Silent, 2016, starts with an interpretation of John Cage‘s score 4´33´´ from 1952. The score is conceived for any instrument and instructs its performer(s) not to play their instrument(s) during the entire duration of the three parts of 30‘‘, 2‘23‘‘ and 1‘40‘‘.
The musician Aérea Negrot performs the score on a rotating stage, placed on Oranienplatz, a public square in Berlin where a refugee protest camp took place between 2012 and 2014. In a second part of the film she performs a song, which has been composed for the film.
Silence has been described either as a violent experience, as in being silenced, or as a powerful performative act of resistance, as it has been carried out by various disobedience movements around the world. Silent asks how both moments are intertwined. It focuses on the performance of a silent act, which might allow for agency, strength and even pleasure without erasing the traces of violence and vulnerability. The film suggests a dialogue between being silent and sounding rather than seeing them as mutually excluding.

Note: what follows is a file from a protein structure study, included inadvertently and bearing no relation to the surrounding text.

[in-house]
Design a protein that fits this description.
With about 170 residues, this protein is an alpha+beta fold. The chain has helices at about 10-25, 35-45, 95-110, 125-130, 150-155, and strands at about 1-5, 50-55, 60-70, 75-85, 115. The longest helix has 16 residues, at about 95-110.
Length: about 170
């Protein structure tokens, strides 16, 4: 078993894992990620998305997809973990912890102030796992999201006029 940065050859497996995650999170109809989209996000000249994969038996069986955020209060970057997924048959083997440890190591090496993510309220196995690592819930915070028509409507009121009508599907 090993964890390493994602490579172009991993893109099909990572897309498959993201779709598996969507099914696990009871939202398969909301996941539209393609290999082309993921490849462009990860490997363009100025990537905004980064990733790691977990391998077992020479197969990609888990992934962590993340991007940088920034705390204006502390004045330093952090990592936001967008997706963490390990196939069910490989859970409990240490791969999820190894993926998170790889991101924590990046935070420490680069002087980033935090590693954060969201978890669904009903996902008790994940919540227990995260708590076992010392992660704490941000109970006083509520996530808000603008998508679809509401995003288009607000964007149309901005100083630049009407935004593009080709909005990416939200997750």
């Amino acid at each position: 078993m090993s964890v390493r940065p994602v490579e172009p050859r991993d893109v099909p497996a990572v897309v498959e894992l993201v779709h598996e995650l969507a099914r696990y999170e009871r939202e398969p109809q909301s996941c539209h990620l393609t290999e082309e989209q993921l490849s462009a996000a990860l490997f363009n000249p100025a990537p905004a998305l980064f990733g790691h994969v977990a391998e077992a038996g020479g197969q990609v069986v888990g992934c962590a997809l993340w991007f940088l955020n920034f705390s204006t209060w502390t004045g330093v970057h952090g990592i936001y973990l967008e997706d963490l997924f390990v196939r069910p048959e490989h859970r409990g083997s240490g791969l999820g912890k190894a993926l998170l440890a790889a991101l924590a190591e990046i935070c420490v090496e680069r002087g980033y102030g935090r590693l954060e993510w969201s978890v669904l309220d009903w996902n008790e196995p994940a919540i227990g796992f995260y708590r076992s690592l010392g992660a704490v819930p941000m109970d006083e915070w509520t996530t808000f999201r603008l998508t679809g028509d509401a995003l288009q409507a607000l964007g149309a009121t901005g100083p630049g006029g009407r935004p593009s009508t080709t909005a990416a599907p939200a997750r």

Working as a duo since 2007, Pauline Boudry and Renate Lorenz propose films and performances that revisit filmic and audio material from the past, excavating unrepresented or illegible moments of queer history. These works present a corpus capable not only of traveling across epochs, but also of imagining links between those epochs, so foreshadowing the possibility of a queer future.